back to article Forty-five years ago: FOOTPRINTS FOUND ON MOON

45 years ago today - that is, July 20th - the human race left its first bootprint on a body other than the Earth we'd been treading for the last few million years, as Neil Armstrong stepped off the Eagle lunar module's ladder and onto the dusty regolith of the Moon. "That's one small step for a man, one giant leap for mankind …

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Complete non-news

It's sad that this and a story on the BBC are the only two I've seen about this here in America.

It's not in the local paper here in Orlando, 90 miles from Kennedy Space Center, nor is it on CNN or Fox.

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Re: Complete non-news

Well, like, duh - it happened in the past so it's not going to be on, like, the news - is it ?

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Re: Complete non-news

Erm, dude, I was gone from 2005 to 2010 from the US and a bit preoccupied with some war thing and rather strong men trying to kill me and my teams.

But, I recall seeing more than a few stories on just this subject, both before I deployed and since I returned.

So, I'll suggest that either you failed to pay attention due to life events or you choose a better news outlet for your information.

I tend to use CNN, Al Jazeera and BBC for general information. I have a handful of special interests that also include other foreign news sources, but they're outside of this context.

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Re: Complete non-news

>CNN, Al Jazeera and BBC

Aren't at least two of those officially terrorist sources under recent US administrations?

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Re: Complete non-news

Giving the news channels the benefit of the doubt...

Since when has 45 been a significant anniversary?

Give it 5 more years and there will no doubt be a bit more of a knees up... as well as embarrassed looks about wtf has happened in the last 50 years.

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@Wzrd1

YAAC was merely pointing out that 'news' is so called because it is the plural of 'new'. Something that happened 45 years ago without current relevance has no place on a 'news' show.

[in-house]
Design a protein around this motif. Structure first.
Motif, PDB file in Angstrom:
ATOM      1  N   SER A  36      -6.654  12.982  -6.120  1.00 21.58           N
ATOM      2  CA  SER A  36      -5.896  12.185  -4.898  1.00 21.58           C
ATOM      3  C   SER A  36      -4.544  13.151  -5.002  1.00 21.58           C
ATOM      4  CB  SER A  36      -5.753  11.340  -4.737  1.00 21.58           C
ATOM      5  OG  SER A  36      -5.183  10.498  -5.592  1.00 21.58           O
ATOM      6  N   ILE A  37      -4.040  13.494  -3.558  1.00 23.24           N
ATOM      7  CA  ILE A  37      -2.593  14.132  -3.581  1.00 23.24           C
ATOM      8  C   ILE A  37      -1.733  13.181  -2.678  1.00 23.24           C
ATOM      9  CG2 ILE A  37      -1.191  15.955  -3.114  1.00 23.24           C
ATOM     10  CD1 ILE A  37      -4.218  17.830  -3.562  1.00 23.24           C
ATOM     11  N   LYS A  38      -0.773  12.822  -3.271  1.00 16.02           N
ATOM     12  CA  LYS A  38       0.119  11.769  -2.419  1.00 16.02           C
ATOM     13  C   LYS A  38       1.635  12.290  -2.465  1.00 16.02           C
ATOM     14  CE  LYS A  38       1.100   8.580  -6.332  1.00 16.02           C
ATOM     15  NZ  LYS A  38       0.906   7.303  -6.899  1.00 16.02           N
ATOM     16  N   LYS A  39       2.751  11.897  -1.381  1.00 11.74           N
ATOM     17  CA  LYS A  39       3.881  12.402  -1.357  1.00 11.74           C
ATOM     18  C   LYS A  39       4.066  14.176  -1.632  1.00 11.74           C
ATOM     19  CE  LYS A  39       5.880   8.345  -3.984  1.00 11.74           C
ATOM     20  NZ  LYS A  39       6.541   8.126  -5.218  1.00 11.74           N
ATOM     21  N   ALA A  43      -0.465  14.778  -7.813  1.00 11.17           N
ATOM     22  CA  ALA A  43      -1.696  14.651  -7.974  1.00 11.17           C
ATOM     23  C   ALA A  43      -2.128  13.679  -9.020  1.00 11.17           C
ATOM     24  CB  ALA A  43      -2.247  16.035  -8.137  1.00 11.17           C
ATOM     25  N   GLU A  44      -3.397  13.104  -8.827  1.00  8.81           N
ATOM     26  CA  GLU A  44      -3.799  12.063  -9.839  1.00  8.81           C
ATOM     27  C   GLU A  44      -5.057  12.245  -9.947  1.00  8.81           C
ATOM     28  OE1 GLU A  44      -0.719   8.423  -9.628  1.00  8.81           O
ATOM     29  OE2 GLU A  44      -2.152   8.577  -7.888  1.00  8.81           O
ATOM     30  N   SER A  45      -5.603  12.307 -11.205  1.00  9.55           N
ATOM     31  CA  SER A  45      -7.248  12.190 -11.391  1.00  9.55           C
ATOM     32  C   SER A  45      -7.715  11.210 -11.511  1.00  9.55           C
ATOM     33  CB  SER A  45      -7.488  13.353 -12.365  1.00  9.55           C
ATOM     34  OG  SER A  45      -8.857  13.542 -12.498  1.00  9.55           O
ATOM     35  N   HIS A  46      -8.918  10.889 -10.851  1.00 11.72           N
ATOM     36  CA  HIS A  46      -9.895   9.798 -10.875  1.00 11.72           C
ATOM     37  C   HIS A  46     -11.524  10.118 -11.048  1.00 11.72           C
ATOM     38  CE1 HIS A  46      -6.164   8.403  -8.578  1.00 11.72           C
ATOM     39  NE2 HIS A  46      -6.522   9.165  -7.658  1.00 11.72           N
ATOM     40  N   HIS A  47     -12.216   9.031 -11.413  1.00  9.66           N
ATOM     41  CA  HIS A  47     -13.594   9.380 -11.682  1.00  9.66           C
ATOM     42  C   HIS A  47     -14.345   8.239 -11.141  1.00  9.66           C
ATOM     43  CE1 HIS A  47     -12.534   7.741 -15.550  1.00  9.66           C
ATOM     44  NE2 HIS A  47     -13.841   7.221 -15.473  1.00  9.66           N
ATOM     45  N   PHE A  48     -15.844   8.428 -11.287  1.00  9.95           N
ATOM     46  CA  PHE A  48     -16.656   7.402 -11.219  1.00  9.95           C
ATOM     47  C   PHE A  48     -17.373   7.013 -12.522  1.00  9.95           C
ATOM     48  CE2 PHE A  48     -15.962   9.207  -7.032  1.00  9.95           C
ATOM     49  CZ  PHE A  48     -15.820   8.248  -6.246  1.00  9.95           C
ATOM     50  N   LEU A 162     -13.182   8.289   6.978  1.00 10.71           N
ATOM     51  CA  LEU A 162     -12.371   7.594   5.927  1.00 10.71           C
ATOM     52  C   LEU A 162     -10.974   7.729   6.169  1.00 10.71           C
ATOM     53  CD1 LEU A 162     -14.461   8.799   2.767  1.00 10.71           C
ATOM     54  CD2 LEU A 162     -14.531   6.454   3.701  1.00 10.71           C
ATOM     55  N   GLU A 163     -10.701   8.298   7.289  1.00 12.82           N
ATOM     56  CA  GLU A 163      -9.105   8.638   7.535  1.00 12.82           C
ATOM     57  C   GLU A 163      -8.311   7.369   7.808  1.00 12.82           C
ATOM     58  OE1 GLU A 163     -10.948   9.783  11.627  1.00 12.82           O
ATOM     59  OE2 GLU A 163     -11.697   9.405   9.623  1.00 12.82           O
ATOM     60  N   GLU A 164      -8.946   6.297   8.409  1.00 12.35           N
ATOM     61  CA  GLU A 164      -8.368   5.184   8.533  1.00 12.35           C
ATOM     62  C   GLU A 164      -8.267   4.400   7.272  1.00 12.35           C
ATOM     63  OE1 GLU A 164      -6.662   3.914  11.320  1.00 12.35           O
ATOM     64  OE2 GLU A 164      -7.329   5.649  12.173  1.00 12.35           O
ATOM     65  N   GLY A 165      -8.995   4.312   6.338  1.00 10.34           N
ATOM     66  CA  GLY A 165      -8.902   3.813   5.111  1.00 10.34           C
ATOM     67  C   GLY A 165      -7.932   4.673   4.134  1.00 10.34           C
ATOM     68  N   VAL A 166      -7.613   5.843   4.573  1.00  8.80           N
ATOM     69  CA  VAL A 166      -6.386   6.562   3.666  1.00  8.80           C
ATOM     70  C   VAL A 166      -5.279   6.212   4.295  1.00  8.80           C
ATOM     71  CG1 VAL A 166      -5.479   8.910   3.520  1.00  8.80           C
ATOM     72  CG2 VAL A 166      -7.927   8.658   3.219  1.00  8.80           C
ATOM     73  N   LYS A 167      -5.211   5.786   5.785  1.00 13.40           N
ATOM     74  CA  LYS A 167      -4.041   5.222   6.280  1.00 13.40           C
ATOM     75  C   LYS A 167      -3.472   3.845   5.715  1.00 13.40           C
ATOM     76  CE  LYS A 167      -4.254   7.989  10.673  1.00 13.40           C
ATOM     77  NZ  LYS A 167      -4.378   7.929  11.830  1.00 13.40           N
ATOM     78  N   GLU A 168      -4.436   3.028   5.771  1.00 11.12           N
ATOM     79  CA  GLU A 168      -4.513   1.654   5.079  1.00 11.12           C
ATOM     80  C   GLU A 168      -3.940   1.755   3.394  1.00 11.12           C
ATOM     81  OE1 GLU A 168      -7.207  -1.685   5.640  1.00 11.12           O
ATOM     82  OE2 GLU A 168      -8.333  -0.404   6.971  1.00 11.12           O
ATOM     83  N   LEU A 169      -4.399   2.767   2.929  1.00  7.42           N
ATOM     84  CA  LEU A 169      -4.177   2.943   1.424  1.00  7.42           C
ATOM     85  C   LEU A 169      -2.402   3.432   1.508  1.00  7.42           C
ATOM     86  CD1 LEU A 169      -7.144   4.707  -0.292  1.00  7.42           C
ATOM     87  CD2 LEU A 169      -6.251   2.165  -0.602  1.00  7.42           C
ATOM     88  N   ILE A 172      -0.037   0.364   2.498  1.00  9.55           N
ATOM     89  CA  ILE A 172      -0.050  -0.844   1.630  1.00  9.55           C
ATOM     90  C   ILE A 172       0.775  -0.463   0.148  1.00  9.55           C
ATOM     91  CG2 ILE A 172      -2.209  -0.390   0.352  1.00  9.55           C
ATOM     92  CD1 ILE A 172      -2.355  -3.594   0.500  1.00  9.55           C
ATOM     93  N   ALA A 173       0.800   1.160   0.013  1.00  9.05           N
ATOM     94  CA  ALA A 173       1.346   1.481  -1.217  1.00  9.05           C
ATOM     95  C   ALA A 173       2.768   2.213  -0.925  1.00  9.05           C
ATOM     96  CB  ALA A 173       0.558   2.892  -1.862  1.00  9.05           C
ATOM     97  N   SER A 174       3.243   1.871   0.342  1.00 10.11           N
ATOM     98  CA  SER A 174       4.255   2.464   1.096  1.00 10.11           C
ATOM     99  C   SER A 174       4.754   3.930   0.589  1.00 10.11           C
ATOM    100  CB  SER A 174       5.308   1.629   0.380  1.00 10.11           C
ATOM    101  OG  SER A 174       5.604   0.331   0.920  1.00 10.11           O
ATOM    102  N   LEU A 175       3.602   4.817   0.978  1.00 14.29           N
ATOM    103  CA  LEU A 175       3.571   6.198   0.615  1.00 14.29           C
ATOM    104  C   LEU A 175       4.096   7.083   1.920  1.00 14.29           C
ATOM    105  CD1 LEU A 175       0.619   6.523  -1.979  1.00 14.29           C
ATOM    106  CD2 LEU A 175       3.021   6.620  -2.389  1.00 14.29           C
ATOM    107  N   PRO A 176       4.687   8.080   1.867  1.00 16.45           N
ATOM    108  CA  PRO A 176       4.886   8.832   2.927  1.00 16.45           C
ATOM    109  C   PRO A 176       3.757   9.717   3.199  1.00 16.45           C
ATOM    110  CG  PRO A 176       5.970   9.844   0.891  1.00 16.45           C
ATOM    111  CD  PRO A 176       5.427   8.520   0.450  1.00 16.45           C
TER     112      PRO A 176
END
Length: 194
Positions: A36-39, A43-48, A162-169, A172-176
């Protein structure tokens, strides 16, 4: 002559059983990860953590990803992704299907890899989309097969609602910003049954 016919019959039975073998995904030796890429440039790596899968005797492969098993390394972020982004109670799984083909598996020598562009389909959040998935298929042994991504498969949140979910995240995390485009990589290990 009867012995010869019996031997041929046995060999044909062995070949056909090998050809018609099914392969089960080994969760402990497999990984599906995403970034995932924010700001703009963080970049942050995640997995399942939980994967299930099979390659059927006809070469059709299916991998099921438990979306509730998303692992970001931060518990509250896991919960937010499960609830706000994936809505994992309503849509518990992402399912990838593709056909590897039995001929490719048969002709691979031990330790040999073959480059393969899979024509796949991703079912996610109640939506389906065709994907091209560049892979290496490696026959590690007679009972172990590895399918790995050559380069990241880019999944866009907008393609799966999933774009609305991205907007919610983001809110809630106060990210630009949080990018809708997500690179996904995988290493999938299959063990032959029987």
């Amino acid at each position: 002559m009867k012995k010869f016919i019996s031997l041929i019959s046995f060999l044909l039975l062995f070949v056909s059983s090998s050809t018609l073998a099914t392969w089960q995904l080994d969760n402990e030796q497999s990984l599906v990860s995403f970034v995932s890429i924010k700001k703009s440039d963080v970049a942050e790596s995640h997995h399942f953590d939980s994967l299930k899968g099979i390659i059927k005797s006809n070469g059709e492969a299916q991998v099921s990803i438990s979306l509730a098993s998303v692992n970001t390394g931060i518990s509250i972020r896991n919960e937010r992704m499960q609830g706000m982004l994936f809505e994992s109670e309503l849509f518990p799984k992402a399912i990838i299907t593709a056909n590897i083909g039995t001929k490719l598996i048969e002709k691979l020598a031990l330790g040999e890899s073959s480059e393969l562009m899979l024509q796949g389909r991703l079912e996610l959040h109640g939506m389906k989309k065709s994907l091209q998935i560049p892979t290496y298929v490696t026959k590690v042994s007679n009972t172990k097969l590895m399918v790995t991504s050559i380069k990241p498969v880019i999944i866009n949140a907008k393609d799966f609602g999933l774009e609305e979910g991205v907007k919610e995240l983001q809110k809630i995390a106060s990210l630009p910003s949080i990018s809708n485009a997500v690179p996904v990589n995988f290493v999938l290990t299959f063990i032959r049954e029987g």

Wait for the half-century anniversary. The news outlets will be pulling out all the stops due to the fact that we have 10 digits on our hands, and landing on the moon was the coolest fucking thing a man (or mankind) has ever done.

BTW, thanks for playing your part in making Iraq and Afghanistan safer places for everyone.

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Anonymous Coward

Re: Complete non-news

For some people it might be.

It was also the day I left school. Both events were to me a joy. One to see Men walk on the Moon and the second to get out of a place where there was no hope for anyone with even half a brain.

roll on retirement.

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Re: Complete non-news

">CNN, Al Jazeera and BBC

Aren't at least two of those officially terrorist sources under recent US administrations?"

Okay, I'll ask, which two?

And why?

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Re: Complete non-news

LOL I guess that bible thumper encountered some Buzz kill.

Will you please swaare on tha bahbul you landed on the moon.

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Not Complete non-news

Since when do we celebrate 45 years of/since something?

Usual periods for celebration.commemoration are 50 years and each century after the event.

With a special exception of 10 year intervals for marriage.

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Re: Not Complete non-news

I believe you're right. So the question is, why is this trying to be news? Is NASA behind it? Someone, somewhere maybe believes we need to push the public awareness button to get funding in a few years? There's more to this anniversary than meets the eye.

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Re: Not Complete non-news

Well, when I was in my teens, I recall some newsworthy event in 1976. Some bicentenial thing about colonists being revolting or something.

I also recall 52 birthday celebrations, OK, 51. Can't recall my first birthday, my earliest memories are from when I was around 18 months old.

Then, there was that Edison anniversary.

Various and sundry other celebrations on technology and I'll not even go into our national worship of things warfare.